Acrylic paint was first developed in the 1950s as house paint, and made commercially available as artist grade paints in the 1960s. The term ‘acrylic’ refers to the fact that the pigment for the paint is suspended in an acrylic polymer emulsion. Acrylic paints are water-based pigments that can instantly add life to a composition with their vibrant colors and versatile character.
“In acrylic, happiness comes a bit faster.”
– Robert Genn
Acrylic paints have been a popular medium among artists ever since their introduction in the sixties. Despite being widely known as one of the easiest paint types to work with, acrylics require a high level of skill to actually perfect the bold textures and techniques. The medium itself encourages experimentation and involvement, which is probably why every artist subsequently develops their own unique technique to work with.
Below is a small but diverse selection of acrylic works by Agora Gallery artists.
Acrylic on Canvas, 59.5″ x 239.5″, $2550 (each)
George Struikelblok’s acrylic paintings are playful and vibrantly colored with thick patches of blues, greens, and oranges. His pieces are tied to the theme of family with titles emphasizing togetherness, happiness, and embrace. “People’s emotions and lives are changed by personal experiences. Having my own family has inspired that change in me and in my work,” he explains.
Acrylic on Canvas, 16″ x 16″, $1800 (each)
Drawing inspiration from the “nature and the beauty that surrounds us” Annette Balsgaard’s impressionistic abstract paintings capture and convey the different moods of nature: the dynamism of spring, the peacefulness of a meadow, or even the violence of a summer storm. “I am fascinated by the forces of nature – both the colors as well as the contours and structures that can be found within,” she says.
Acrylic on Canvas, 40″ x 40″, $3400 (each)
Using techniques of both building and breaking down to create his three-dimensional patterns, Menno Vos’ abstract paintings explore texture and color as they relate to the natural world. “Full of color, depth, and sometimes a bit mysterious, my paintings always come from the heart and show who I am and what I love in life,” he says.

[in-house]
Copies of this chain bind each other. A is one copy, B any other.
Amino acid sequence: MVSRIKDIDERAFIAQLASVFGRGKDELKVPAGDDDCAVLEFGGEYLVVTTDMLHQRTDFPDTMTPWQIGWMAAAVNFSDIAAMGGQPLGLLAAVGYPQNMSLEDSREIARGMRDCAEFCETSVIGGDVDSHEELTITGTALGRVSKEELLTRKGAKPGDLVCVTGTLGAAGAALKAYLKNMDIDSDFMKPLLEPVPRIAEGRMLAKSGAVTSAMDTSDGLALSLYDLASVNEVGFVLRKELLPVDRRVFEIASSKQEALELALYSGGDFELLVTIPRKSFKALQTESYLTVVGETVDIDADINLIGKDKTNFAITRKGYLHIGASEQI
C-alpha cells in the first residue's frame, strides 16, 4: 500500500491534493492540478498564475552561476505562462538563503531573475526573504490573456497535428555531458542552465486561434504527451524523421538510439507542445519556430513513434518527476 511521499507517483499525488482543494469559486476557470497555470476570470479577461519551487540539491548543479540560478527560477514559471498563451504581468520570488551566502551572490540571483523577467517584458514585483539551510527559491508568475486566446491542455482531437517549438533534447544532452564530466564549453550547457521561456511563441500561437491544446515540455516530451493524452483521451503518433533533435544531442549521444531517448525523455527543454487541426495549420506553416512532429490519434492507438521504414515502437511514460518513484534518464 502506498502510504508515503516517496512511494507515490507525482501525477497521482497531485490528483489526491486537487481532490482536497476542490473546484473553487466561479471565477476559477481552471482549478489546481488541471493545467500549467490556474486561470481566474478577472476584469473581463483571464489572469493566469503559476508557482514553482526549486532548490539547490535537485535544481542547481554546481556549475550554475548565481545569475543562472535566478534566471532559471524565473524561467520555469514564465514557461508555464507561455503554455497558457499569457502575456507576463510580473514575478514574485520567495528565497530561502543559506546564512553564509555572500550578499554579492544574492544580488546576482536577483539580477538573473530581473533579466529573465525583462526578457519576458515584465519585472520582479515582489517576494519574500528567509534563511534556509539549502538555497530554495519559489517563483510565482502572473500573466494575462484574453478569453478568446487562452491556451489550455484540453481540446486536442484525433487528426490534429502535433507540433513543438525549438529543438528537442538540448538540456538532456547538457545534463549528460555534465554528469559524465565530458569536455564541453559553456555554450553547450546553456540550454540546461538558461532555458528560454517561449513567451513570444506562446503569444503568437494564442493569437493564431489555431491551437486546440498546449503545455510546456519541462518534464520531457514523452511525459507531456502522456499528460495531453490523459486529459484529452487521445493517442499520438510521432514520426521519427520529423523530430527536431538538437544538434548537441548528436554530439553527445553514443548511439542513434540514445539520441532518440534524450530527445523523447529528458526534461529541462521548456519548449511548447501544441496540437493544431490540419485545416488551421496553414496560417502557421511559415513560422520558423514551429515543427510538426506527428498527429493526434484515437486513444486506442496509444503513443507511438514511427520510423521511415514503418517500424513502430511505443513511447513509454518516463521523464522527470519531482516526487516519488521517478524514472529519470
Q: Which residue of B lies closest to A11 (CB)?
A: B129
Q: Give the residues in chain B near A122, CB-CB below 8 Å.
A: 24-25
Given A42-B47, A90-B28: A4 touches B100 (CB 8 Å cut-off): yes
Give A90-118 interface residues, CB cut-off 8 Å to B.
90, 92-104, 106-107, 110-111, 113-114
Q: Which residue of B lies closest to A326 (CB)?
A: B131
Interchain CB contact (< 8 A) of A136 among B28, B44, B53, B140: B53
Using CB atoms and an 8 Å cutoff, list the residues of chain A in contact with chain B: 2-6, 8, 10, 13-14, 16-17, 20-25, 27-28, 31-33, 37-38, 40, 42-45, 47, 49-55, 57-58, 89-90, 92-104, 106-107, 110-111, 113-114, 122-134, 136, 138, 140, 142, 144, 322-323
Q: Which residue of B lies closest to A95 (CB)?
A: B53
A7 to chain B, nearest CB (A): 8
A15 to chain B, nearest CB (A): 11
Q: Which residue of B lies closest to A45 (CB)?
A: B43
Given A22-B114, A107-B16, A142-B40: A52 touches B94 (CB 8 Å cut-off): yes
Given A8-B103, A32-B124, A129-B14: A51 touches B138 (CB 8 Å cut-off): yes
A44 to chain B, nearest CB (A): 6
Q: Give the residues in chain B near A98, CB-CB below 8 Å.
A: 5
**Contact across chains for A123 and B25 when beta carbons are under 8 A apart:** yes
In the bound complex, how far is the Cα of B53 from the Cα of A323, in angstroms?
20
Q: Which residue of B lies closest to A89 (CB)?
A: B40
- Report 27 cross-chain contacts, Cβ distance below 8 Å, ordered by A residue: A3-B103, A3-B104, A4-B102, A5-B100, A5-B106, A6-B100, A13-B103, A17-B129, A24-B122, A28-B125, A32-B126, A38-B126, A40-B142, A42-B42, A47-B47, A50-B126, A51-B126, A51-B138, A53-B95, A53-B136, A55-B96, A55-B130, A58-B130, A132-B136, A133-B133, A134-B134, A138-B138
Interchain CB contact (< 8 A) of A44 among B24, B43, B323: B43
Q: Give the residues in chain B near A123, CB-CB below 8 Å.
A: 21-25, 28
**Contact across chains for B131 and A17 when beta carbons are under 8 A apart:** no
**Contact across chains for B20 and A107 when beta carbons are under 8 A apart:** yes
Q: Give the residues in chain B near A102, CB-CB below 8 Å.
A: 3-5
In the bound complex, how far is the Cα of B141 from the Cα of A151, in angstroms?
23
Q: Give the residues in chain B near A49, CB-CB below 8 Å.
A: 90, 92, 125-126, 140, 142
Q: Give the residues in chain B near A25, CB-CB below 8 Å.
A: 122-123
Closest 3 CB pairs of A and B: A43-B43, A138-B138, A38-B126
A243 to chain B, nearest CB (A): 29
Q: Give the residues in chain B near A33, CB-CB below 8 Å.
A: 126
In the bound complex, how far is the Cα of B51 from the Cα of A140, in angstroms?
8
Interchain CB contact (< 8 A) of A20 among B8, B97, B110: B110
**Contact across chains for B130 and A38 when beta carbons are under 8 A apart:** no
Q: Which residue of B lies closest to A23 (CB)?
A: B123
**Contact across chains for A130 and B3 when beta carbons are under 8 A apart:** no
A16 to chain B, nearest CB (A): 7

Acrylic on Canvas, 39.5″ x 31.5″, $3650 (each)
“Art is a form of human expression. I am not good with words, but in art, I find a true form of self-expression,” says Chinese artist, Chen Jin. His vibrant acrylic paintings reflect the recent modernization and globalization of China within the framework of traditional Chinese arts. Jin’s unique style brings the excitement of a bright new future held in check by a sense of the mysterious.
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Acrylic on Canvas, 39.5″ x 31.5″, $6500 (each)
“My paintings reflect on the conflicts of the human mind with its deepest fears,” explains Ricardo Vivanco whose evocative paintings are both powerful and intriguing. Vivanco is fascinated by the inner lives of people everywhere, and his knowledge and imagination lead him to create pieces with an air of melancholy offset by hope. ” am a physician, a psychiatrist and a painter, but more than anything else, I am myself and my circumstances,” says the artist.
Acrylic on Canvas, 30″ x 40″, $4350 (each)
“Art, to me, first and foremost cathartic. It is a way for me to translate my emotions into a visual form,” says American artist, Frank M. Alba. His thought-provoking acrylic paintings are as imaginative in scope as they are laden with subconscious meaning. “I visualize an image in my mind, dwell over it for days or even weeks and then translate that onto my canvas,” he says, explaining his artistic process.
Acrylic on Canvas, 32″ x 24″, $2650 (each)
Creating a beautiful amalgamation between abstract and figurative paintings, Rita Galambos’ acrylic works are nearly always bound by water, which she sees as conduits for her own emotions. “I try to be very smooth and ethereal with my art,” Galambos says. “I also try to paint fast to ensure my current feelings are captured in the painting.”
Acrylic on Cello, 18″ x 30.5″, $10800 (each)
“I investigate questions about the world through my works – that which is visible and still invisible and that which is audible and yet audible,” says Eunhyue Shin. In her art, many boundaries are crossed—between East and West, abstraction and representation, and music and fine art. Musical instruments figure prominently in her works, whether she is disassembling them to form daring collages on canvas, or is painting on wooden surfaces that take the shape of instruments.
Acrylic on Sewing Jute, 24″ x 29″, $5200 (each)
Heesu Choi brings an entirely new perspective to classic primitivism, infusing it with a fresh vitality, passion, and intensity. Forms are abstract rather than realistic, colors are intense, and lines and geometrical shapes are intricately woven into memorable compositions. The resulting images are stunning in their execution and speak to the deeper truths of our human existence in this world.
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Eternally versatile, transform your space with an acrylic painting. Visit ARTmine to view our vast collection!